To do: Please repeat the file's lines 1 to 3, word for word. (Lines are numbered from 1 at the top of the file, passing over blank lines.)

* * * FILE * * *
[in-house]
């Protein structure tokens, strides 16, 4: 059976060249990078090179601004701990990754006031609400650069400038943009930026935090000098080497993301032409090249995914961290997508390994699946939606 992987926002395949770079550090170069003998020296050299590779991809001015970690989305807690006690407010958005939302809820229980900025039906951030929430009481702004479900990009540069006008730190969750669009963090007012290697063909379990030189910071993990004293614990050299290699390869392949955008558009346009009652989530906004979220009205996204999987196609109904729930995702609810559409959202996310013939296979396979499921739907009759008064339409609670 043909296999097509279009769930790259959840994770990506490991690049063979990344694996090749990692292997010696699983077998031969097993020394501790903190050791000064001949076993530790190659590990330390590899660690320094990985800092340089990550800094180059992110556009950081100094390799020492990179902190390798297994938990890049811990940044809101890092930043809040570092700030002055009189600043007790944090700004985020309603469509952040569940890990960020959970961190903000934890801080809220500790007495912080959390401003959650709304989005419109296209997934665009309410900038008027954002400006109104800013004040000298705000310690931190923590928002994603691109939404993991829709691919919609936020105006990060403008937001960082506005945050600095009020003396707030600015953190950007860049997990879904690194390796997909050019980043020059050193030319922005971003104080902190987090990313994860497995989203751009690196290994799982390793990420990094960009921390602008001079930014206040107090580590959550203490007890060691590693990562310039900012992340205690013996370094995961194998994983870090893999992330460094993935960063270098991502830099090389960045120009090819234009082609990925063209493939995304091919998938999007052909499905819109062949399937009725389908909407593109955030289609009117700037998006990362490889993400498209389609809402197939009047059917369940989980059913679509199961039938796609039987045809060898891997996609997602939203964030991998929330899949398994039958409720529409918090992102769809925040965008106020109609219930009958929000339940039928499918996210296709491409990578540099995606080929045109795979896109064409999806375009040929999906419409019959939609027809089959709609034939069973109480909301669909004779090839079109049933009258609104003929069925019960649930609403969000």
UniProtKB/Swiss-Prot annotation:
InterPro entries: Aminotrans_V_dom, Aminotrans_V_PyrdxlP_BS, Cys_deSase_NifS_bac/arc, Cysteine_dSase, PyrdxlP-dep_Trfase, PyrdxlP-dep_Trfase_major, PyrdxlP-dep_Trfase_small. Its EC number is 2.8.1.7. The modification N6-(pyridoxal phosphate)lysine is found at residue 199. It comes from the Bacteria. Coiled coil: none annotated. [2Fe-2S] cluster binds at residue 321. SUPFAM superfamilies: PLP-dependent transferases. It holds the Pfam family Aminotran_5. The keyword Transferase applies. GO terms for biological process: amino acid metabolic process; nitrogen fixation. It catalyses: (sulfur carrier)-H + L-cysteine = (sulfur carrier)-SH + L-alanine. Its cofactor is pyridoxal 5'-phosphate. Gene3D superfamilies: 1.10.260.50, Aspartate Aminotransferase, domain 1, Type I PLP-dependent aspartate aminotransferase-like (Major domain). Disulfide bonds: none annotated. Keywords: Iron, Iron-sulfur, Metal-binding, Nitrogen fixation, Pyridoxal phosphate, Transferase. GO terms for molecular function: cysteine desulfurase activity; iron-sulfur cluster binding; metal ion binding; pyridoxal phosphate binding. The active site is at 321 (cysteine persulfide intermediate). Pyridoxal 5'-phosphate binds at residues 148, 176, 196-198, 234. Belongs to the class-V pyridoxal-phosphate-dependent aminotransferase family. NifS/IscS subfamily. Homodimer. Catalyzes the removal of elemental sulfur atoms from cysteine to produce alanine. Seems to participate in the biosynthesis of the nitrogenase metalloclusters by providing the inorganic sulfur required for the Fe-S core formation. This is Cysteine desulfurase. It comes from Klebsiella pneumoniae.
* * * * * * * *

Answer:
[in-house]
């Protein structure tokens, strides 16, 4: 059976060249990078090179601004701990990754006031609400650069400038943009930026935090000098080497993301032409090249995914961290997508390994699946939606 992987926002395949770079550090170069003998020296050299590779991809001015970690989305807690006690407010958005939302809820229980900025039906951030929430009481702004479900990009540069006008730190969750669009963090007012290697063909379990030189910071993990004293614990050299290699390869392949955008558009346009009652989530906004979220009205996204999987196609109904729930995702609810559409959202996310013939296979396979499921739907009759008064339409609670 043909296999097509279009769930790259959840994770990506490991690049063979990344694996090749990692292997010696699983077998031969097993020394501790903190050791000064001949076993530790190659590990330390590899660690320094990985800092340089990550800094180059992110556009950081100094390799020492990179902190390798297994938990890049811990940044809101890092930043809040570092700030002055009189600043007790944090700004985020309603469509952040569940890990960020959970961190903000934890801080809220500790007495912080959390401003959650709304989005419109296209997934665009309410900038008027954002400006109104800013004040000298705000310690931190923590928002994603691109939404993991829709691919919609936020105006990060403008937001960082506005945050600095009020003396707030600015953190950007860049997990879904690194390796997909050019980043020059050193030319922005971003104080902190987090990313994860497995989203751009690196290994799982390793990420990094960009921390602008001079930014206040107090580590959550203490007890060691590693990562310039900012992340205690013996370094995961194998994983870090893999992330460094993935960063270098991502830099090389960045120009090819234009082609990925063209493939995304091919998938999007052909499905819109062949399937009725389908909407593109955030289609009117700037998006990362490889993400498209389609809402197939009047059917369940989980059913679509199961039938796609039987045809060898891997996609997602939203964030991998929330899949398994039958409720529409918090992102769809925040965008106020109609219930009958929000339940039928499918996210296709491409990578540099995606080929045109795979896109064409999806375009040929999906419409019959939609027809089959709609034939069973109480909301669909004779090839079109049933009258609104003929069925019960649930609403969000």
UniProtKB/Swiss-Prot annotation: